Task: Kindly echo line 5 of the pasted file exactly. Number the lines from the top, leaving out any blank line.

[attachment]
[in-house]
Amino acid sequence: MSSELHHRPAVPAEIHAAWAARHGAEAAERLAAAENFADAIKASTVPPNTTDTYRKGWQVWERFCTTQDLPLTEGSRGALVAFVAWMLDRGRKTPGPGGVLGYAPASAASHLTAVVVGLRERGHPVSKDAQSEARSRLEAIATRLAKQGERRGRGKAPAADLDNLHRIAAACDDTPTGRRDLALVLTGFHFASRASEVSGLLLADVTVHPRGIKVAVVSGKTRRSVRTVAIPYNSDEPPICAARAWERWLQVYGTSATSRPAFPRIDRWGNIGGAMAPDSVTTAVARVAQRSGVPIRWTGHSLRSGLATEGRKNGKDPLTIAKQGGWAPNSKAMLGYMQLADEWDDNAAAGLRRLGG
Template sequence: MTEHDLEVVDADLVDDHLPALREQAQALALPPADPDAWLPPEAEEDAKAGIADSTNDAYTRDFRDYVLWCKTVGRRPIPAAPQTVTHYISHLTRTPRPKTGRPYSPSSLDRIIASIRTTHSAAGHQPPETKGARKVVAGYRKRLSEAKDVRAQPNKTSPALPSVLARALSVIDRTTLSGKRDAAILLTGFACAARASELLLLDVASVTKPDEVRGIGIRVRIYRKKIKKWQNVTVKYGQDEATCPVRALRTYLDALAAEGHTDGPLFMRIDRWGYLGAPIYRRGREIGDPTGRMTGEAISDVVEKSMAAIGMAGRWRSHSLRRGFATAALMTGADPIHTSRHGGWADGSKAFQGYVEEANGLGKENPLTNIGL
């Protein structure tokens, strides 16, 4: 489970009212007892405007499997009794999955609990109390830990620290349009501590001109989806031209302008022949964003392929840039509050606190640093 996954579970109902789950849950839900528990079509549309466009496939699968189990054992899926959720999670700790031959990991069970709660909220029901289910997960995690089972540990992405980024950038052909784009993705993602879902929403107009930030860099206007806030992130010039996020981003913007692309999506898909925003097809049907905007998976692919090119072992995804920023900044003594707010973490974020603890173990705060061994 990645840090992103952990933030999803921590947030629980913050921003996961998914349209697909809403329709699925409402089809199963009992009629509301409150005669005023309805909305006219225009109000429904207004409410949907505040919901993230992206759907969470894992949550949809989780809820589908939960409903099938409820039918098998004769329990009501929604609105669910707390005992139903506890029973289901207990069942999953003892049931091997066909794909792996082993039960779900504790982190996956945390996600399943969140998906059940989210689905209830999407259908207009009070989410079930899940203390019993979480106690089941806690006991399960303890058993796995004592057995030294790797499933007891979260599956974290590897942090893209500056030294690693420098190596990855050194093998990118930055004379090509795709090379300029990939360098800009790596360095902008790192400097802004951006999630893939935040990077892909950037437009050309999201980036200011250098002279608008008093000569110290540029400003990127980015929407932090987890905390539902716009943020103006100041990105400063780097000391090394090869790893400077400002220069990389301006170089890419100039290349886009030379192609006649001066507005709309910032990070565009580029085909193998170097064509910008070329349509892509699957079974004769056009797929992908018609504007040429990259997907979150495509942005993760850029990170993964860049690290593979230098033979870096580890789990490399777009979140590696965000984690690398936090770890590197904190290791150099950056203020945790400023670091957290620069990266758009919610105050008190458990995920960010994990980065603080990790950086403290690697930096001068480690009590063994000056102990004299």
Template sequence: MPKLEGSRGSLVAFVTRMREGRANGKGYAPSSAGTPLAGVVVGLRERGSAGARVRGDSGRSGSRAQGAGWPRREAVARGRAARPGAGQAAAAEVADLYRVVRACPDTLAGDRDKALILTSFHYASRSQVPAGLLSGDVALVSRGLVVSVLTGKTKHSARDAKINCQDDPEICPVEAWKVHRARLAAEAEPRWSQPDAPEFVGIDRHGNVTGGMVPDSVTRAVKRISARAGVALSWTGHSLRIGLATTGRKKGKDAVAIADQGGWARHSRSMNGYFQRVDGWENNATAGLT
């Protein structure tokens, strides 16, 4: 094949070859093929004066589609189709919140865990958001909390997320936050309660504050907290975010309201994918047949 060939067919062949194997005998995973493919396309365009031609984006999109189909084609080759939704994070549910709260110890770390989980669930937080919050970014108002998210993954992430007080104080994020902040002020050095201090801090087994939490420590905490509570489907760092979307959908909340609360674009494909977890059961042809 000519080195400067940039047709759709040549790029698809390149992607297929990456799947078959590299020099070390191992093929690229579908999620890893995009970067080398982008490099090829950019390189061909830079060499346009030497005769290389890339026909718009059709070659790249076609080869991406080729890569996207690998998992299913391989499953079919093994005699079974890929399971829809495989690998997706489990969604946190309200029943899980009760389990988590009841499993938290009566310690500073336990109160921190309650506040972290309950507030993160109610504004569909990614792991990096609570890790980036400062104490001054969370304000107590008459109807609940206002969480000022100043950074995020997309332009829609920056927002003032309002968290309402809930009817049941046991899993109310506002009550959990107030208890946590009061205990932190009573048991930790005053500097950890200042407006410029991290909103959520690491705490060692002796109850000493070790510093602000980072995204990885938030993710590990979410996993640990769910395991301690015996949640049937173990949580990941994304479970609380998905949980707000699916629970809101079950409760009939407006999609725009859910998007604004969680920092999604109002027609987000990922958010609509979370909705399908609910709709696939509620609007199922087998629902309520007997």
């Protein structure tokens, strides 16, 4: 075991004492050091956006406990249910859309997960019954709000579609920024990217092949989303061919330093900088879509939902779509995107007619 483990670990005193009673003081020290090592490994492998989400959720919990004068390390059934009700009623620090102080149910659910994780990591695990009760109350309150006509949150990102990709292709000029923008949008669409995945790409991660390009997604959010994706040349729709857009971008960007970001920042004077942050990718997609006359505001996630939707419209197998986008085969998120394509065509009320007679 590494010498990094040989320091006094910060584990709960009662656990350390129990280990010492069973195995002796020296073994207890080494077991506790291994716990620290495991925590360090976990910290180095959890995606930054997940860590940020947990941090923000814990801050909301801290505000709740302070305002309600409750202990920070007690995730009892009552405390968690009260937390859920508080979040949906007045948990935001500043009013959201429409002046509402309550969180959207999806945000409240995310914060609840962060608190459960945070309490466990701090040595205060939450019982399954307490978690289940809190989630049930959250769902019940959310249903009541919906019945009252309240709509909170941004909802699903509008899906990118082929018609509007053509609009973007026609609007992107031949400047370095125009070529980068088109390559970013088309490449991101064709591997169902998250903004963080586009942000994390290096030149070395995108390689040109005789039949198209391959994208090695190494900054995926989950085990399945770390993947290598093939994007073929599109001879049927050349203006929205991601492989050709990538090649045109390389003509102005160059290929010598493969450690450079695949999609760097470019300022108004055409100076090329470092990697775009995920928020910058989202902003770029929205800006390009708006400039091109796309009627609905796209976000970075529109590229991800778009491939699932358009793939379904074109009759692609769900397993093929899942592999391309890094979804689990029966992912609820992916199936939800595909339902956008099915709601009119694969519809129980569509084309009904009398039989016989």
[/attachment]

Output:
Template sequence: MPKLEGSRGSLVAFVTRMREGRANGKGYAPSSAGTPLAGVVVGLRERGSAGARVRGDSGRSGSRAQGAGWPRREAVARGRAARPGAGQAAAAEVADLYRVVRACPDTLAGDRDKALILTSFHYASRSQVPAGLLSGDVALVSRGLVVSVLTGKTKHSARDAKINCQDDPEICPVEAWKVHRARLAAEAEPRWSQPDAPEFVGIDRHGNVTGGMVPDSVTRAVKRISARAGVALSWTGHSLRIGLATTGRKKGKDAVAIADQGGWARHSRSMNGYFQRVDGWENNATAGLT